Friday, September 23, 2005

"Thor is not a homo"

Nobody leaves this Comic Art Friday without singing the blues.

At first glance, Thor, the Norse god of thunder, seems a peculiar subject for a superhero comic book. That is, until one considers that the gods and demigods of ancient mythology really were the first superheroes. The labors of Hercules, the quest of Jason and the Argonauts, the magical voyage of Odysseus — all the nascent stuff of adventure fantasy that one finds in the pages of comics began with mythology.

Not so strange, then, that when Stan Lee went to Jack Kirby — or Jack went to Stan; you know they never could agree on who came up with what idea first — and said, "You know, we could do Thor," that the answer came back, "Yea, verily and forsooth."

Thus heroes are born.

Although I wasn't a huge fan of Marvel Comics' Mighty Thor in my comics-reading heyday, I always had a soft spot for the long-haired galoot with the winged helmet and flying hammer. I think I liked Thor because he didn't talk like a superhero. Instead of uttering the usual pompous blowhardisms (Superman) or self-referential wisecracks (Spider-Man) that constituted most superheroes' dialogue, Thor spoke with the unique flavor of a guy who had been marooned on a deserted island for twenty years with a King James Bible and The Complete Works of Shakespeare, and just sort of made up his own version of the King's English. The incongruity of a Norwegian semi-deity speaking in a bastardization of Elizabethan syntax mattered not to my preadolescent brain. (If the guy spoke English at all, instead of the more logical Old Norse, where on Earth would he pick up a version of it that made him sound like a cast extra from the Renaissance Faire?) Thor just sounded cool, with phrases like "I say thee nay!" streaming from his lips.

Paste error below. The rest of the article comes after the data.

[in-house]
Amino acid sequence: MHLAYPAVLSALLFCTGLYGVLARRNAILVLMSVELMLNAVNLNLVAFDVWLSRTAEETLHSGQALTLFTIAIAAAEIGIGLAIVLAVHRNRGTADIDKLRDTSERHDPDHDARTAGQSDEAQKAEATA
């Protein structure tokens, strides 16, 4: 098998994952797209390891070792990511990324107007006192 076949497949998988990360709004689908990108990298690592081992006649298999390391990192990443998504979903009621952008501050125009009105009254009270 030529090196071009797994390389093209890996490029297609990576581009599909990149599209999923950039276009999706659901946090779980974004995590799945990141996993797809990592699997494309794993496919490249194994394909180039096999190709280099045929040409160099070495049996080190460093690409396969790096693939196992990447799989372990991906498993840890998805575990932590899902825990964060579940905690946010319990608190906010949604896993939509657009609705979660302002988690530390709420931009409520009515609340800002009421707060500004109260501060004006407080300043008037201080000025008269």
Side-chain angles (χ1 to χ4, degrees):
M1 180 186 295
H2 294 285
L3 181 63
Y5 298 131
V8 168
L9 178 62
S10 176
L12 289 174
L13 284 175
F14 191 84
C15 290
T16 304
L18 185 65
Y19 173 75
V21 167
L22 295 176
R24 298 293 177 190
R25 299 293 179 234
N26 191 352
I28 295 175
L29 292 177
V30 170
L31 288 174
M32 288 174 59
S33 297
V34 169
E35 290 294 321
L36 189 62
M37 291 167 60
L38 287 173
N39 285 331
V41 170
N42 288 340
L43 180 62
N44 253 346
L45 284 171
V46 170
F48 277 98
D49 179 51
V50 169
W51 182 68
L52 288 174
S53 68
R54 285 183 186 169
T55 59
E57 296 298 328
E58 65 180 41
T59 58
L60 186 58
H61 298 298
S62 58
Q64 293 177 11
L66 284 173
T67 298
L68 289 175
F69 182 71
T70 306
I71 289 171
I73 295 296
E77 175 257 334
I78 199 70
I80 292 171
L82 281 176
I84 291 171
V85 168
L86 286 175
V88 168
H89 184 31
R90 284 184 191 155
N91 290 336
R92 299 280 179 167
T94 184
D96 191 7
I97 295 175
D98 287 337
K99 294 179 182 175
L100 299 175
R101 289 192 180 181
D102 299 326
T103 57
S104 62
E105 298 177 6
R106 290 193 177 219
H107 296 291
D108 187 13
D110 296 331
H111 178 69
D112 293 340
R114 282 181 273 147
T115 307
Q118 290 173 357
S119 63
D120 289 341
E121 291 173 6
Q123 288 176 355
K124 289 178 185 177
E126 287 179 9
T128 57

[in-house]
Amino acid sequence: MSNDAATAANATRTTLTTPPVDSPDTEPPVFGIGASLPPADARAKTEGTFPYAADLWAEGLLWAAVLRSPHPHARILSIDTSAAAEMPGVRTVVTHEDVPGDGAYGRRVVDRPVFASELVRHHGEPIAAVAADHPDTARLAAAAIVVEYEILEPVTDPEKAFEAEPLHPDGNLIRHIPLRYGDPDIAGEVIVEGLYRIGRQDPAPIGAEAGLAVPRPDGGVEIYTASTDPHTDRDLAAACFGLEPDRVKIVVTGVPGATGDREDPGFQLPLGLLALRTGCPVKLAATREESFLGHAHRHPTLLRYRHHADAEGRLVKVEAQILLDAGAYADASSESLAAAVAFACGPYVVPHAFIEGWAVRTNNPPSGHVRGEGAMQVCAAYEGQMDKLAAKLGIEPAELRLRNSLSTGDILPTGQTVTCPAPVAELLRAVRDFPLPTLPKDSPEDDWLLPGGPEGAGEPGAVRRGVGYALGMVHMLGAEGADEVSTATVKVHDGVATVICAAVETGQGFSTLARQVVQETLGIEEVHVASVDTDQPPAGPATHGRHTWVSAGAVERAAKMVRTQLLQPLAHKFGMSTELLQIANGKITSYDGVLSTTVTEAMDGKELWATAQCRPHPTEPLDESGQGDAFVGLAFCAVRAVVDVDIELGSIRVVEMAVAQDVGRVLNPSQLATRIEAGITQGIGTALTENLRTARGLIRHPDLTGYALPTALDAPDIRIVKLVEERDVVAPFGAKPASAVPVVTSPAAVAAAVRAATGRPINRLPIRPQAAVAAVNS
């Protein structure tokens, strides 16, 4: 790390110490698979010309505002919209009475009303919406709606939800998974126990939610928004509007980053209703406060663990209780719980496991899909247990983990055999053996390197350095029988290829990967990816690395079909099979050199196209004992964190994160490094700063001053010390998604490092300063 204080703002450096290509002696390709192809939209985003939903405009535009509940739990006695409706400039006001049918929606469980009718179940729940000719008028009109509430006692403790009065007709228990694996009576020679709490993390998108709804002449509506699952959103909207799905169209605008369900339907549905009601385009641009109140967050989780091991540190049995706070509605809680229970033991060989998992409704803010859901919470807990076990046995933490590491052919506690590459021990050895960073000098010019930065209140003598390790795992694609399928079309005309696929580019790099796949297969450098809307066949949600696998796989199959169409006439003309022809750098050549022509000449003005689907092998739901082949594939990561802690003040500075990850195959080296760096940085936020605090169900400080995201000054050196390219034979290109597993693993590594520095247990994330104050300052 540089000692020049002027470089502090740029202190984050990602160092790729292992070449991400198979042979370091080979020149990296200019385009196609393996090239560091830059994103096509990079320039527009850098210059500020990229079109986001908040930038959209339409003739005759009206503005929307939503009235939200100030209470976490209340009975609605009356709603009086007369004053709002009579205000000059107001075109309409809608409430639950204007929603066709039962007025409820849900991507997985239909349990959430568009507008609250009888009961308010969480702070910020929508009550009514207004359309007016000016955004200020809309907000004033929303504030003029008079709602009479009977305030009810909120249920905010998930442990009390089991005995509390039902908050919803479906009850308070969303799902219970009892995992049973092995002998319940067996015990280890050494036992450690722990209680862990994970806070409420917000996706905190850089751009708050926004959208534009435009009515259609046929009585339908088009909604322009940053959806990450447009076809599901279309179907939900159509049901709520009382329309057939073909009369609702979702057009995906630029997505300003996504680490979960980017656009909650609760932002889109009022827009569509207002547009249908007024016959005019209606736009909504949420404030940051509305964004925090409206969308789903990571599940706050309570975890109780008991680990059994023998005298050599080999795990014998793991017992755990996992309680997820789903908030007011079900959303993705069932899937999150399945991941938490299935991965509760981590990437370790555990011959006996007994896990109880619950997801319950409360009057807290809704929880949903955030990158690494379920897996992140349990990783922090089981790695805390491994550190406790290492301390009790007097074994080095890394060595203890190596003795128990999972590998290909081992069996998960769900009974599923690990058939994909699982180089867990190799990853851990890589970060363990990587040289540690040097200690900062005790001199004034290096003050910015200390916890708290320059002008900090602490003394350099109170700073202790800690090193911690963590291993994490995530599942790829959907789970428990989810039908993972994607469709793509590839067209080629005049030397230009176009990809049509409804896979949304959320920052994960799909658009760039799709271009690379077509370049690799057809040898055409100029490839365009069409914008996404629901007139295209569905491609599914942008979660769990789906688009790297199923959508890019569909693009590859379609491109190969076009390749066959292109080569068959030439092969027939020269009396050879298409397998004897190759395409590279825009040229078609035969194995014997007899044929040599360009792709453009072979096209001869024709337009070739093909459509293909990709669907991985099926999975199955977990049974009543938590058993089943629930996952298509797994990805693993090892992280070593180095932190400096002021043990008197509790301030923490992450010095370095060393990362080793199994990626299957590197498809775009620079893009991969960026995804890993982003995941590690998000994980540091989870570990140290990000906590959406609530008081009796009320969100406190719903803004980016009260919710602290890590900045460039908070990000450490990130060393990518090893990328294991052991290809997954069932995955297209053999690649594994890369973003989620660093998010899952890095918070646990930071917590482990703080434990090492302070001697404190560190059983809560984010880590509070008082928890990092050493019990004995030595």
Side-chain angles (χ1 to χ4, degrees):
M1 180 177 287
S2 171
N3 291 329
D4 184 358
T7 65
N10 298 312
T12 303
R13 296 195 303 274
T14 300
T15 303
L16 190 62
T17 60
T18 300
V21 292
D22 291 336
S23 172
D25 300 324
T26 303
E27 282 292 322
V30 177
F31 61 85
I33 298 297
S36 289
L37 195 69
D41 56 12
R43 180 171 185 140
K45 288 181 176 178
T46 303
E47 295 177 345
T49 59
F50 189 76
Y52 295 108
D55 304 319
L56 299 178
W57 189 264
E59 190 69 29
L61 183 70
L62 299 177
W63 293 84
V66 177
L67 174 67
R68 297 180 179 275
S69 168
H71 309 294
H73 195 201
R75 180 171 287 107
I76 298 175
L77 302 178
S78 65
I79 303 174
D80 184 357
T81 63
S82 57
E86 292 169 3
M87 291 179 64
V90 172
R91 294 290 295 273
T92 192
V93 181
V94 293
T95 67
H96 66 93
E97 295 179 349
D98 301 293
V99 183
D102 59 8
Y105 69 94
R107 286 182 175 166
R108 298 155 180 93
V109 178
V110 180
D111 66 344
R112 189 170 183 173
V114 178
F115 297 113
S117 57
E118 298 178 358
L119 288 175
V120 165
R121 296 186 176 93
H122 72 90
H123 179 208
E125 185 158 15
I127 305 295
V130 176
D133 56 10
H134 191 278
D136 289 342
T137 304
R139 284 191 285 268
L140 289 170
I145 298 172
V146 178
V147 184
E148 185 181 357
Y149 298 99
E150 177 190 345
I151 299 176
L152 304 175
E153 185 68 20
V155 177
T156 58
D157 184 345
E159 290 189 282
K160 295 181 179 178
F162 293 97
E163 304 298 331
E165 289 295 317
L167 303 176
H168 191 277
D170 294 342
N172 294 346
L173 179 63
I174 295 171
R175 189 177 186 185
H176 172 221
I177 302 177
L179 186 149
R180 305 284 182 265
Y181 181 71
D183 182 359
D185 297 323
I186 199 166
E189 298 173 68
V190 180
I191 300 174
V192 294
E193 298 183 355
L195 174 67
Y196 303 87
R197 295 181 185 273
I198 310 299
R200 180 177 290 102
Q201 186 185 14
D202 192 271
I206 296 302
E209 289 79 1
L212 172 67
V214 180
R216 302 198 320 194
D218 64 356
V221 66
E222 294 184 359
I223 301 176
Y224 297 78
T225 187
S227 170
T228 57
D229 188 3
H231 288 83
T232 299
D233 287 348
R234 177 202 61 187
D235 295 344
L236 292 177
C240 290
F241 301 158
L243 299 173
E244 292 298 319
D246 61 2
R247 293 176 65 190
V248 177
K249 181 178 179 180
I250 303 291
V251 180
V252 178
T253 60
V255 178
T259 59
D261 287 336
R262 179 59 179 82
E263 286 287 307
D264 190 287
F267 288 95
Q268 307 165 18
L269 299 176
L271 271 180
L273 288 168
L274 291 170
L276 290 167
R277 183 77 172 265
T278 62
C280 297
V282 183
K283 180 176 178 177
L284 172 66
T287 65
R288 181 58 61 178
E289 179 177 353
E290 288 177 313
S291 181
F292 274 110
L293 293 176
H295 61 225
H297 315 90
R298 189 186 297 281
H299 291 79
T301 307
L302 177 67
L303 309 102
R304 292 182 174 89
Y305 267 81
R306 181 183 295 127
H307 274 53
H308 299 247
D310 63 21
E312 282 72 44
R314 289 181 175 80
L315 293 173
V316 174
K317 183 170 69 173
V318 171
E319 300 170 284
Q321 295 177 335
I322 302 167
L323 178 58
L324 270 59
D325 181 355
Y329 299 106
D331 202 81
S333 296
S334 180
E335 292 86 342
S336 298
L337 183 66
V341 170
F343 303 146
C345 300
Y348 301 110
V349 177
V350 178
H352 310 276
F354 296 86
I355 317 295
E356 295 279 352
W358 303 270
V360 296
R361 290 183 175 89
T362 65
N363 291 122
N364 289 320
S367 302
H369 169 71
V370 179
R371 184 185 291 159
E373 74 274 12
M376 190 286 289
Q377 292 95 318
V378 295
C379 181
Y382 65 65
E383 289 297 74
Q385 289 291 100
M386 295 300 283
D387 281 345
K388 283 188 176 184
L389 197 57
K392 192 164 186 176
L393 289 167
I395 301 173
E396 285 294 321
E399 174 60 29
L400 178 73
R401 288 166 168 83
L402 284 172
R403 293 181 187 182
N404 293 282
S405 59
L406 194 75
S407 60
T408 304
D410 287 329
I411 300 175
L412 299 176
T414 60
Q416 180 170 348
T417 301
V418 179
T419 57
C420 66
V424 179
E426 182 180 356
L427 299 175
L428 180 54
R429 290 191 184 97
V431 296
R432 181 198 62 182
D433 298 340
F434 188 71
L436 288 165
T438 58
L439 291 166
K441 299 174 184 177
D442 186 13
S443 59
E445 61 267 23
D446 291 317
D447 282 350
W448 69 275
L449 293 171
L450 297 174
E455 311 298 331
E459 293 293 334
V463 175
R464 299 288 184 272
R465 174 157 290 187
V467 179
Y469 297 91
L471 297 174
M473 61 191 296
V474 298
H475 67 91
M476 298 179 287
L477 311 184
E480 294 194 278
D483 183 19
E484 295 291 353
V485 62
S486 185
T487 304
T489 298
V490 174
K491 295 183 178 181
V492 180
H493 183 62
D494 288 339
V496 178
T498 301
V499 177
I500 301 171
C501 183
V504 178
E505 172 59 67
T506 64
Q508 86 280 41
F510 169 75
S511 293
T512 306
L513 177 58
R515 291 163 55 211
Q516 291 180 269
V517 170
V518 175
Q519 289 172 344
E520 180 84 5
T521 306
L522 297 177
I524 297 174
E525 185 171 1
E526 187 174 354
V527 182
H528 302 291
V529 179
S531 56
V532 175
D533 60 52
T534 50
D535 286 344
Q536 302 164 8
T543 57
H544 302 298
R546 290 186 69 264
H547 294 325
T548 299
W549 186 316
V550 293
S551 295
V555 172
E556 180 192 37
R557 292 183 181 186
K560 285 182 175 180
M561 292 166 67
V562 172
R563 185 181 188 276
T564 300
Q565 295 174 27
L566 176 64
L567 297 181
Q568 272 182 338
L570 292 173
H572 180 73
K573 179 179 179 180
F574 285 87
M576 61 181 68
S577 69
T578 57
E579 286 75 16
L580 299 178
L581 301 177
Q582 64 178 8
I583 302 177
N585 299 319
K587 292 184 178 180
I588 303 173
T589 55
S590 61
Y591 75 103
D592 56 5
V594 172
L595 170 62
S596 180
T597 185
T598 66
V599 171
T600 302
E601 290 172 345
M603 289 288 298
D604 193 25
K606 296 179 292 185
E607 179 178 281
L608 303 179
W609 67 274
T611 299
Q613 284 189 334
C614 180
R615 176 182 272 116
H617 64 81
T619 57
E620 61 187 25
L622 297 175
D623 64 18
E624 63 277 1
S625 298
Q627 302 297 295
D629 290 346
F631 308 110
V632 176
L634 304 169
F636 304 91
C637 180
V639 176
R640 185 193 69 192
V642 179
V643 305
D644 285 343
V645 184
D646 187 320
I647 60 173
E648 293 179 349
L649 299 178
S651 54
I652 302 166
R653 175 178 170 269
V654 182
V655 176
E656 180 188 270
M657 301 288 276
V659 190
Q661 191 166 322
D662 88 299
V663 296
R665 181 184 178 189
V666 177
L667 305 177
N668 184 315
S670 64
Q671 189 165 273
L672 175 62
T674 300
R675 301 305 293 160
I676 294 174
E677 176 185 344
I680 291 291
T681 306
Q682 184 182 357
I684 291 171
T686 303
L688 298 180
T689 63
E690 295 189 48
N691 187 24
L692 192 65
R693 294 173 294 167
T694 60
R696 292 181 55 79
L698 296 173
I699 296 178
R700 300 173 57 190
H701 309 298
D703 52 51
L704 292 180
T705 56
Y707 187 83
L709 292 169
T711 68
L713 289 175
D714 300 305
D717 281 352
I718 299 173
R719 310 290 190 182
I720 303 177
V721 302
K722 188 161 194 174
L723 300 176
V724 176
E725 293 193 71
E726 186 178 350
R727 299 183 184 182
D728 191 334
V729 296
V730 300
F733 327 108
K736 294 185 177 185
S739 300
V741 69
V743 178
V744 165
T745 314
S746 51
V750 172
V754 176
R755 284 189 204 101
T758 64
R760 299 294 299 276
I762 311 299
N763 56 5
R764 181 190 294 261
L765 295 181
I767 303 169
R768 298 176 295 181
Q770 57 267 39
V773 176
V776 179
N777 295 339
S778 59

The other fascinating element about Thor was that he came complete with a whole host of supporting characters who were nearly as majestic and heroic as he was. Most superhero sidekicks were kids like Batman's Robin the Boy Wonder, or nerds like Superman's Jimmy Olsen, or bald-faced comic relief like the Spirit's Ebony White. Thor hung out with bad Asgardian mammajammas like Balder the Brave, and the Warriors Three — Hogun, Volstagg, and Fandral. These guys kicked serious butt. Period. Even Thor's girlfriend, the Lady Sif, was no Lois Lane damsel-in-distress, at least not all the time. Sif could swing a sword when she had occasion, and swing it with aplomb.

Because he was never really Marvel's most popular hero — it's tough for kids to identify with a hammer-toting hippie in a Viking helmet — Thor got jerked around a lot. There was the whole business of his secret identity as Dr. Don Blake, the pathetic cripple (a false front at long last dumped entirely by Marvel writers), then a spate of time wherein Thor kept getting replaced by giant frogs and horse-faced space aliens and dorky Thunder God wannabes like Eric Masterson aka Thunderstrike, and finally the ignominy of losing his self-titled monthly comic.